Feature

Sleepwell is not the only reason for its dream run. Here’s why investors find Sheela Foam cozy

The decades-old company has built a successful mattress brand and a sound distribution system 

Brand building in the mattress business is quite a challenge. It took us five years after we started off —Rahul Gautam, Managing director, Sheela Foam

The stock that promises a good night’s sleep has been delivering high excitement over the past few months. Sheela Foam has soared from Rs.1,320 on November 10 to Rs.1,690 on December 24! That is 22% in just over a month. Of course, a buoyant stock market has helped, but there are other factors at play as well. Analysts have attributed the surge to the improved performance of the company’s subsidiaries in Australia and Spain, a faster than expected recovery in demand and the festive season.

Sheela Foam has had a great track record, so far. In a low-involvement business such as mattress, creating a brand is never easy. But, the company that started as a foam manufacturer in 1971 has managed to do it with its Sleepwell range, which is now the largest player in the segment. Sheela Foam today gets 82% of its revenue from home comfort products, of which the mattress line is a big part. The remaining 18% comes from technical foam, which is used in the automotive industry, sportswear and sound absorption systems.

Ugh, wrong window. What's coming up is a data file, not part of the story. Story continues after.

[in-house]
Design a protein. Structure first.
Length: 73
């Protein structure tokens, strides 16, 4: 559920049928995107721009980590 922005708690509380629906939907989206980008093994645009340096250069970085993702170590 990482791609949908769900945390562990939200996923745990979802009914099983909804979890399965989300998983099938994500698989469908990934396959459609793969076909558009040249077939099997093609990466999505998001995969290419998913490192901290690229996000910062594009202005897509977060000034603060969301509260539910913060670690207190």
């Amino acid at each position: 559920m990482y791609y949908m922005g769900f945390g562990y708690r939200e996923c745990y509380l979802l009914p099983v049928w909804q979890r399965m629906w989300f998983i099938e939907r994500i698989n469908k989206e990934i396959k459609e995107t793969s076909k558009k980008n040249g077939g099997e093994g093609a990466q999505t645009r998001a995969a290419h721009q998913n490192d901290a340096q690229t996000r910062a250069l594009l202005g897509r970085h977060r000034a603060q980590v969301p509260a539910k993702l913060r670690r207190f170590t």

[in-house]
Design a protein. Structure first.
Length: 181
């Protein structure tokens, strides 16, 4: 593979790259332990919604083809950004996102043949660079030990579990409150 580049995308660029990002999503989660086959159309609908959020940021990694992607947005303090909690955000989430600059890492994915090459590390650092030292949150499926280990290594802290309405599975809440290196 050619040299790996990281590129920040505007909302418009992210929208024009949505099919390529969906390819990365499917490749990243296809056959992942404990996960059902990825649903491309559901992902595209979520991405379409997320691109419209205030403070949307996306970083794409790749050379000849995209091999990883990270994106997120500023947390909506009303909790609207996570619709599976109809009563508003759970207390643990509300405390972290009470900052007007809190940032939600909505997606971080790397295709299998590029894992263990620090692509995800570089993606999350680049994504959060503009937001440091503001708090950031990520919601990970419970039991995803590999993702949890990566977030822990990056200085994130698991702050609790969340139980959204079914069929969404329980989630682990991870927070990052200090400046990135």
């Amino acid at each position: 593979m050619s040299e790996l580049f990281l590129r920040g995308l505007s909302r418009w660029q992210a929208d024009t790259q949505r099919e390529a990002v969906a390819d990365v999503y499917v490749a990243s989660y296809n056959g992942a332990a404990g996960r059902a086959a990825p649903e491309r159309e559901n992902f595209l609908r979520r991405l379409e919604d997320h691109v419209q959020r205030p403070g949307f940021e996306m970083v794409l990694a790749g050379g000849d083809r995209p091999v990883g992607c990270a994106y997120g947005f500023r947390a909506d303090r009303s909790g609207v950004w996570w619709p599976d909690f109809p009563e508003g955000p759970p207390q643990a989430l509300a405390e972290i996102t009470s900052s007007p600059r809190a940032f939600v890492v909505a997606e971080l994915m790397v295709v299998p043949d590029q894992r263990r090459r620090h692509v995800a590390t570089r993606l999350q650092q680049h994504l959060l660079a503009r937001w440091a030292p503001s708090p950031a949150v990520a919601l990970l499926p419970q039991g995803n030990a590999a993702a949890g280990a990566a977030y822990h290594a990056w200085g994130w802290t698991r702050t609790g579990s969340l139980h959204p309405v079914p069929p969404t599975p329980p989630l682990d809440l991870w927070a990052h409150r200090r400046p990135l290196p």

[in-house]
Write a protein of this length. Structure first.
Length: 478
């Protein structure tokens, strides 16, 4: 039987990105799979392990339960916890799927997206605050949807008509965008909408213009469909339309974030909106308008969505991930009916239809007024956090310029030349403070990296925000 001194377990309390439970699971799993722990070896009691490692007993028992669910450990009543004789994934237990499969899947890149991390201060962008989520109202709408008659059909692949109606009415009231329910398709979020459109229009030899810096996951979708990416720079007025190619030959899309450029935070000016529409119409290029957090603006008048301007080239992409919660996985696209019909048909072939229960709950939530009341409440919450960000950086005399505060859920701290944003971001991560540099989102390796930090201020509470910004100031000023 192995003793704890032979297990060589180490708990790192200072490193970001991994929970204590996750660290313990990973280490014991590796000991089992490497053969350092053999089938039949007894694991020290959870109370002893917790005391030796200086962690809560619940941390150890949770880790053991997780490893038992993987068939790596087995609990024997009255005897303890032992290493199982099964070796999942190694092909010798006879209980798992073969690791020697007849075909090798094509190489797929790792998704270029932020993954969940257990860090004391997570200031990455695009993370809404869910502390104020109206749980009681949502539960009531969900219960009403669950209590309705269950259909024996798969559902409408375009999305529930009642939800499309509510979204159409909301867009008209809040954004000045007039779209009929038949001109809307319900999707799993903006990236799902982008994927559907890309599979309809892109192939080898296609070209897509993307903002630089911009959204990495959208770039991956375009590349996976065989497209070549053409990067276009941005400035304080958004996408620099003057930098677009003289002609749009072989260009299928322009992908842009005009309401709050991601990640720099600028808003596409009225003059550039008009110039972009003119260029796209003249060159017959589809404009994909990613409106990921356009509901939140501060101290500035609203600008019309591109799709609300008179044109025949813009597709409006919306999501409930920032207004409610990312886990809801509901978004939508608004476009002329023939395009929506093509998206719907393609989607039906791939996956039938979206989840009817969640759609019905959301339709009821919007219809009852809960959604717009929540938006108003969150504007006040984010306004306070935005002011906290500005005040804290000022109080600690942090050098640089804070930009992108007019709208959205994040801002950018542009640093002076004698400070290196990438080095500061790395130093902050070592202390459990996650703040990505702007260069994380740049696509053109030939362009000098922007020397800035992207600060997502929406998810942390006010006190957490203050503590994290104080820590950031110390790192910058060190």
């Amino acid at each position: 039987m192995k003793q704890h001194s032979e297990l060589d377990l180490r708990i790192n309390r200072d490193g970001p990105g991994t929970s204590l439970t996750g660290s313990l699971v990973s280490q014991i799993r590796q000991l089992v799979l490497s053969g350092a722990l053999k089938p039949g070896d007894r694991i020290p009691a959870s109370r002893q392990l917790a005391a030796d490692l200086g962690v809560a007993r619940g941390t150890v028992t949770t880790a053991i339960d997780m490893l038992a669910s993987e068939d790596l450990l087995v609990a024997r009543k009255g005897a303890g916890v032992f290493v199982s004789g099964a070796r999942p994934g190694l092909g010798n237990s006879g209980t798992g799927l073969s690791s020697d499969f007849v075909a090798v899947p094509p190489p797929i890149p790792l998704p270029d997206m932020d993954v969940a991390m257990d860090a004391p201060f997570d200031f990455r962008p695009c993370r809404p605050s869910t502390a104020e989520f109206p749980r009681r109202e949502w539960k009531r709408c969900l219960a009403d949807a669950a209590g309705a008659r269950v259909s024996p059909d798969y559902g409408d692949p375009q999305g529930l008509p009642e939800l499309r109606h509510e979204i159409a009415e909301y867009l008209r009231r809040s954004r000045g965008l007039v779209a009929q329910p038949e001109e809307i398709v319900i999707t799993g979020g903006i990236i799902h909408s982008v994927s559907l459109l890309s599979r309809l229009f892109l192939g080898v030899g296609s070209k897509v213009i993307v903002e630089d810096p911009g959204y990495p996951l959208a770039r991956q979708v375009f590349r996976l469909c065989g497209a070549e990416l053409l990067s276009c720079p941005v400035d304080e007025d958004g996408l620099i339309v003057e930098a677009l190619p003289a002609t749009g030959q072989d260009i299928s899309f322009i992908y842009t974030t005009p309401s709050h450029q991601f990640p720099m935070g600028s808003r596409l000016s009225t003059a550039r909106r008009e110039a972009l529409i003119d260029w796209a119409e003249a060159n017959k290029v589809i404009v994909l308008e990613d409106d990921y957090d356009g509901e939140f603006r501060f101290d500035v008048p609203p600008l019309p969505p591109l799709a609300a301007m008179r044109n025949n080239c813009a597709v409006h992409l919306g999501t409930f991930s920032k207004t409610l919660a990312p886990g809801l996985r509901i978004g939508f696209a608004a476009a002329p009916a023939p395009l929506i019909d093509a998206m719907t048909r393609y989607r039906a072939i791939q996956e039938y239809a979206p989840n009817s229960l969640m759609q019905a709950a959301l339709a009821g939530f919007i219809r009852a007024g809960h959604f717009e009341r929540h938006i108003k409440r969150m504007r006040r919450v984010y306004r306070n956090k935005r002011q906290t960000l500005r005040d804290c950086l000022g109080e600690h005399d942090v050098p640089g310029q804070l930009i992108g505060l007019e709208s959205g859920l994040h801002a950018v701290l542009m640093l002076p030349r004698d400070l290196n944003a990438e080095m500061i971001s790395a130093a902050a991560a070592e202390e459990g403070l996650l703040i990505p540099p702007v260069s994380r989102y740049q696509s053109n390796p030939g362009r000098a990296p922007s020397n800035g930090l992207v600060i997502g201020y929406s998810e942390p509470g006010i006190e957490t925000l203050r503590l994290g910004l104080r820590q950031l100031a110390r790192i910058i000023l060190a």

“Brand building in the mattress business is quite a challenge. It took a good five years after we started off in the mid-1990s before any semblance of the exercise became successful,” says Rahul Gautam, managing director, Sheela Foam. In FY20, the company posted revenue of Rs.21.73 billion, up from Rs.15.50 billion in FY16. It grew its profit from Rs.1.04 billion to Rs.1.94 billion, over the same period.

Power behind the nap
Gautam, whose company is named after his mother who founded it, says that there are no entry barriers in the business. This translates to a highly competitive space, and there were plenty of challenges to surmount. “In the past, mattresses were never a top-of-mind purchase item. High government taxes with no proper store network were serious challenges that the industry had to counter,” he says.

When asked why his company has done so well despite the hurdles, he points to the distribution network (See: Top spender). The brand has a presence across 6,000 outlets in India, of which 4,400 are exclusive franchise outlets, with the other 1,600 being multi-brand. Contrast that to rival Kurlon with a presence in 1,500 exclusive retail outlets; for FY19, says a report from ratings agency, ICRA, Kurlon had revenue of Rs.11.16 billion and net profit of Rs.740 million.